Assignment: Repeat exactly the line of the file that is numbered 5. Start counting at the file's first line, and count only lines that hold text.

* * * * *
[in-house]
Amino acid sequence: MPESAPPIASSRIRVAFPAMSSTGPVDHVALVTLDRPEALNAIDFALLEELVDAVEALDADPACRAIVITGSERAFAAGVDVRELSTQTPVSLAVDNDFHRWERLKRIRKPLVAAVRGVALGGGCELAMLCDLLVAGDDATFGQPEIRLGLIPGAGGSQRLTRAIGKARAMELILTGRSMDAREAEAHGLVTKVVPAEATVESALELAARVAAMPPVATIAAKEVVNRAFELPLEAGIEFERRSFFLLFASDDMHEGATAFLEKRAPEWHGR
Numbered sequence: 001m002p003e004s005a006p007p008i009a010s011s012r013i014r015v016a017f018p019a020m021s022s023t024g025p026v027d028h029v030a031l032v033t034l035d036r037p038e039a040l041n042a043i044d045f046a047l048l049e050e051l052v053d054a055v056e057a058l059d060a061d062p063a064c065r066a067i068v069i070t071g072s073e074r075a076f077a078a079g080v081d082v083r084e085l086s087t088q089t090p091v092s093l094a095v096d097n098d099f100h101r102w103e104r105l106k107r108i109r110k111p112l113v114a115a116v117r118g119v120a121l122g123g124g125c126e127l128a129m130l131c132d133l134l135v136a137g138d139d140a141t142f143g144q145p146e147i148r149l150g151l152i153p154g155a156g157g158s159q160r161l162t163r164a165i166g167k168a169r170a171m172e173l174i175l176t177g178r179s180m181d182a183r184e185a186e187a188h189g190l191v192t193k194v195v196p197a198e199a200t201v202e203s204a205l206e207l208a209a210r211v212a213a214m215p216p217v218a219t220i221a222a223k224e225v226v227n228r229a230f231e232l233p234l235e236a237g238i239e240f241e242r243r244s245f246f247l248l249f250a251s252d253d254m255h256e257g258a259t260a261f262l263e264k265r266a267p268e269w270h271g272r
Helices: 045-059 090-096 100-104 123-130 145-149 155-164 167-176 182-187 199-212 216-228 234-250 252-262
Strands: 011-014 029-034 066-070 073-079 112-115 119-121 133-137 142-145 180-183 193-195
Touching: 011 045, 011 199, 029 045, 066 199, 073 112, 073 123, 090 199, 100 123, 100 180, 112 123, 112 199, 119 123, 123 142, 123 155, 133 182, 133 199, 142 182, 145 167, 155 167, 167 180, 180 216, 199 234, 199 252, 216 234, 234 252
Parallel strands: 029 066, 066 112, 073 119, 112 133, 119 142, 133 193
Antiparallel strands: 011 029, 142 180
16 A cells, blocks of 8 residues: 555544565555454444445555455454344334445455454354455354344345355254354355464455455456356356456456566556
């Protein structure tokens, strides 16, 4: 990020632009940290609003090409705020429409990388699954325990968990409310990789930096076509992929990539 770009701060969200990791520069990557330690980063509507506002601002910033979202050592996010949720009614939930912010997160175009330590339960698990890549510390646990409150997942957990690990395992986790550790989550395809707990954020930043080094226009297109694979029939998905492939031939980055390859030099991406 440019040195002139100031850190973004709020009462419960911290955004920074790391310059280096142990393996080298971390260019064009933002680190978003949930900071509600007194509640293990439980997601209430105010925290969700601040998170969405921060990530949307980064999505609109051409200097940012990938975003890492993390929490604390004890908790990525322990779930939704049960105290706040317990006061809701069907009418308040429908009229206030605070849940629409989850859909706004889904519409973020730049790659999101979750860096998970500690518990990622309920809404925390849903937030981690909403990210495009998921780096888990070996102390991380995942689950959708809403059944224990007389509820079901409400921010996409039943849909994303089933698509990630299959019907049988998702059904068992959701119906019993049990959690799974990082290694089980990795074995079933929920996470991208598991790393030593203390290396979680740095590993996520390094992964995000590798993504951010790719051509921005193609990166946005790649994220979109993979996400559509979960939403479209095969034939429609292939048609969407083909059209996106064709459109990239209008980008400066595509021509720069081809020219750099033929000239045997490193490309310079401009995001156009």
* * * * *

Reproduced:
Strands: 011-014 029-034 066-070 073-079 112-115 119-121 133-137 142-145 180-183 193-195